Wahl plays still another “one of those men in suits” – a young ad executive who Tillie hopes will help find a sponsor for her reconstituted show which has been off the air for a year (now without Philip as her TV husband and set in the suburbs). Wahl’s ad man recounts the facts: “It’s 1955. Nobody has ethnicity anymore … Celebrate the Unity … People want to see ordinary Americans … Molly Goldberg had a good run. Let her rest in peace.” And while sensitively delivered by Wahl, Tillie now stands alone finally mouthing the plaintive line, so achingly delivered by Dimon, “Molly, Goodbye Molly.”
There are many seamless scene transitions in this memory play and this is where the excellence of Director Bill Hayes and his technical crew shine. Where actors need to be with split second timing is a key to the play’s success and this work is generally invisible to the audience, without curtains being drawn. It leads to lively pacing, and Hayes knows when actors should slow their pace, or even pause, to let the play’s funny moments land securely.
Lighting is critical in this play, such as the subtle flickering of lights when a TV showing “The Milton Berle Show” or “I Love Lucy” is on, or the sudden burst of full lighting when cutting to the studio scenes. Or most effectively (and affecting) the lighting during the hearings with Philip in a solitary spot, alone on stage except for Tillie watching from her memory in the shadows. And then during the news report of Philip Loeb’s suicide, the lights slowing coming up in muted yellow – bathing the audience itself as if they’re part of the same story today. Dramaworks’ newcomer Christina Watanabe’s lighting design is remarkable.
Sound design is usually important for mood and background, but it takes on another level in this show. It has the requisite musical interludes, especially different takes on the music that was associated with “The Goldbergs,” such as Toselli’s gentle waltz, “Italian Serenade.” Sound designer David Thomas also had the challenge of delivering lines from the play, electronically enhanced echoed questions being thrown to Philip during the hearings. There was also the cacophony of news headlines crying out about McCarthy’s accusations, teletype clacking in the background and haunting sounds in Tillie’s mind.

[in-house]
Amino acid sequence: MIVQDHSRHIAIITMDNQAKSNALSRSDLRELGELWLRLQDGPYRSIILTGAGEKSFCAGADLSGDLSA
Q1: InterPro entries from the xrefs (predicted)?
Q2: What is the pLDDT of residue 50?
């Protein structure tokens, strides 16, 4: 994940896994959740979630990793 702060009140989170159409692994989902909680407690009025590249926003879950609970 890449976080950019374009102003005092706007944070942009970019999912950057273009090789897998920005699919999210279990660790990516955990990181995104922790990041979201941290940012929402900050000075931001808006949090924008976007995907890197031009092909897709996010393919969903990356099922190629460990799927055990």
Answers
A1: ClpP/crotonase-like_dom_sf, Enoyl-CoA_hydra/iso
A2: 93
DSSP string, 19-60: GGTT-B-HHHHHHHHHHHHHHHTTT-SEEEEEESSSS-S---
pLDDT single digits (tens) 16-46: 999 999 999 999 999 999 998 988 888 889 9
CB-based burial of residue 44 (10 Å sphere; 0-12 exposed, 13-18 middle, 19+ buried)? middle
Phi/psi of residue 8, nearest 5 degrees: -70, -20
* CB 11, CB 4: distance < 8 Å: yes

Dramaworks’ resident costume designer Brian O’Keefe cleverly decided to go with red, white and blue palettes against the barren stage, in particular Tillie’s red dress with a wide satin collar and pearls, a jacket to delineate important meetings. Of course, TV’s Molly Goldberg became easily identifiable with her added white apron as a “typical” housewife of her time.
This is an important play, constantly underscoring themes that are so significant and germane to our current, often stressful times. Joseph McDonough’s “Ordinary Americans” joins the canon of classic plays honorably based on aspects of our own dark American history – ones that remind us to heed our past.
“Ordinary Americans” runs through Jan. 5. Palm Beach Dramaworks is at 201 Clematis St. in West Palm Beach. To purchase tickets, call the box office at 514-4020 or go online to palmbeachdramaworks.org.
Pictured above: From left, David Kwiat and Elizabeth Dimon. Photo by Alicia Donelan